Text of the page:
Many of us make New Year’s resolutions and, as the running joke seems to go, break them shortly thereafter. Most resolutions involve short term pain for long term gain, or in the case of getting into shape, long term loss.

It’s hardly surprising that a lot of resolutions go out the window a week or two into the year, because people will often go out too hard and strong rather than just setting achievable, incremental goals.

Doing 100 hill sprints a day is not sustainable, nor is going from walking occasionally to running 20km in one week. The physical boundaries of the body make such feats impossible to achieve. You are much better stepping up the walking, then breaking into the odd jog and going from there, making small improvements on a gradual basis.

Of course, financial resolutions are just as popular and are different at face value, but in essence they are the same.

Going in too hard or making rash decisions and setting unrealistic goals may not cause physical pain, but will undoubtedly cause fiscal pain.

Building wealth is a long term pursuit. If it was easy to become an overnight millionaire, there would be no need for all these so-called gurus to cold call you or send you spam emails offering to teach you how. They would simply be living it up themselves.

If you do want to improve your financial situation through investing, real estate is the most popular asset class in Australia. We love home ownership and all the trimmings.


But like everything else, there’s no point overstretching and mortgaging yourself to the hilt. Start within your budget and knowledge base and work your way up. Before you do take the plunge, it’s good to cover the basics.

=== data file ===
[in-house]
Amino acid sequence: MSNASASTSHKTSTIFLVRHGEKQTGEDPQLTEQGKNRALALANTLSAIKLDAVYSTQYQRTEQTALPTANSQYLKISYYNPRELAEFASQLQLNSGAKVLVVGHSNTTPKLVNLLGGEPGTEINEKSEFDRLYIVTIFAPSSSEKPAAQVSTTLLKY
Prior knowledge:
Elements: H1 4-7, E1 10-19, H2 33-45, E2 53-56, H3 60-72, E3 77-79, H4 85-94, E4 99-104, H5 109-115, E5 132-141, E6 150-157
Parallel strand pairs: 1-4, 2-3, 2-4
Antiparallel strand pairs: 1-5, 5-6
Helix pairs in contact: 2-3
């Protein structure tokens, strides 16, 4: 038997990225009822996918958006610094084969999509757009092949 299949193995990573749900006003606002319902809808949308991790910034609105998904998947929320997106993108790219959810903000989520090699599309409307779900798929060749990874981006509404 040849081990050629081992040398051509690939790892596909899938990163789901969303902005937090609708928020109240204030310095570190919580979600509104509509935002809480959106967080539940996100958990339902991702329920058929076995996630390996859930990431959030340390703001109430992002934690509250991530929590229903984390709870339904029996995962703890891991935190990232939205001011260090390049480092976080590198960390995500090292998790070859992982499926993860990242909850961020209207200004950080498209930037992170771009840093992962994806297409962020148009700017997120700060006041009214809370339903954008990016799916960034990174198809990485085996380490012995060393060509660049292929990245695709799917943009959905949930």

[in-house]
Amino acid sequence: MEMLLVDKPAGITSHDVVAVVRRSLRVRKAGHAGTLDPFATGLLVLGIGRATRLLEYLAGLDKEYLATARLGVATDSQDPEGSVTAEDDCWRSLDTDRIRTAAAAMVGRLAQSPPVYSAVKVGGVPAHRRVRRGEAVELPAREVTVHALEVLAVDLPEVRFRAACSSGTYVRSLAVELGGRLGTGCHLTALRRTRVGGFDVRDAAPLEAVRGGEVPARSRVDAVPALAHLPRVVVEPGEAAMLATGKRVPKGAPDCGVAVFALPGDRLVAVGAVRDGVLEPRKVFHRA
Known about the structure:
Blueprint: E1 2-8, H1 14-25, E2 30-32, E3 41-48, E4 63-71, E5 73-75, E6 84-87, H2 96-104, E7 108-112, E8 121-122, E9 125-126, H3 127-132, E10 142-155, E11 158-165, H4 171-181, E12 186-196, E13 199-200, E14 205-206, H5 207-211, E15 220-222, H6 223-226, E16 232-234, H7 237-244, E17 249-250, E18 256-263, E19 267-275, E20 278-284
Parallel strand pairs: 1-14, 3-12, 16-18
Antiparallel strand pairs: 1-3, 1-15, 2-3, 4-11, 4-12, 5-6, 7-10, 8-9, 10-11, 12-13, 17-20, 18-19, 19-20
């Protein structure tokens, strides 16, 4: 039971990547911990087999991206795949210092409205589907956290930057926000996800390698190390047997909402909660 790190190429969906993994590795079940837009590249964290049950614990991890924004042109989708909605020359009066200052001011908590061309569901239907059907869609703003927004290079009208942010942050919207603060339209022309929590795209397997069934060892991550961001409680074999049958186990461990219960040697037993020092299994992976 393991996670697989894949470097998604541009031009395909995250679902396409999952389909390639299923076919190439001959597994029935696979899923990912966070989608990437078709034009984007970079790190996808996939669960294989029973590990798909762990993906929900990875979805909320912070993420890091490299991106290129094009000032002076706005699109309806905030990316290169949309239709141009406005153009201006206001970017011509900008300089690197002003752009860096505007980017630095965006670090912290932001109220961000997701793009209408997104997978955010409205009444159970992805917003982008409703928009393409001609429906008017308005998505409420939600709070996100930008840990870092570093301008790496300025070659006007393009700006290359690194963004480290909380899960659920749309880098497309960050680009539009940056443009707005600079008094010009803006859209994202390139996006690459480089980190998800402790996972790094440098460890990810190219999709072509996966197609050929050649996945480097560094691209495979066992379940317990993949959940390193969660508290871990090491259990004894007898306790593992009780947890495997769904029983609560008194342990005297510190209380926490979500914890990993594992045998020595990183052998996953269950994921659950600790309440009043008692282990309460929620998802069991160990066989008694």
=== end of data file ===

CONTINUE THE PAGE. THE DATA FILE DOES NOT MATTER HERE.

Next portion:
First, you need a strategy. Do you want to accumulate 10 or more investments over your lifetime, pay them off, build equity and then retire on the rental income?

Or perhaps you want to buy run down properties, renovate them, sell for a profit and do it all over again; one such project a year could well earn you a six-figure salary. You may even want to invest using superannuation, if you’re not keen on managed funds or shares. This has a number of benefits, including paying less tax.

Whatever it is, once you have your strategy, it’s very important to surround yourself with the right people. Accountants, financial advisers and solicitors can set you on the right path from day one, while a mortgage broker can help you choose the loan product that will best suit your situation and keep fees to a minimum.

Think of yourself as a Sydney to Hobart race competitor, you don’t take off from a standing start. First, you must time your run to the start line and begin the race from the best possible position. Next week, we’ll look at popular strategies.

Tim McIntyre is the senior real estate reporter for the Daily Telegraph and Over the past decade, he has attained widespread knowledge of Australia’s many unique property markets and is an authority on all things buying, selling and investing. His commentary appears every Saturday in the Daily Telegraph Real Estate lift out, as well as online at


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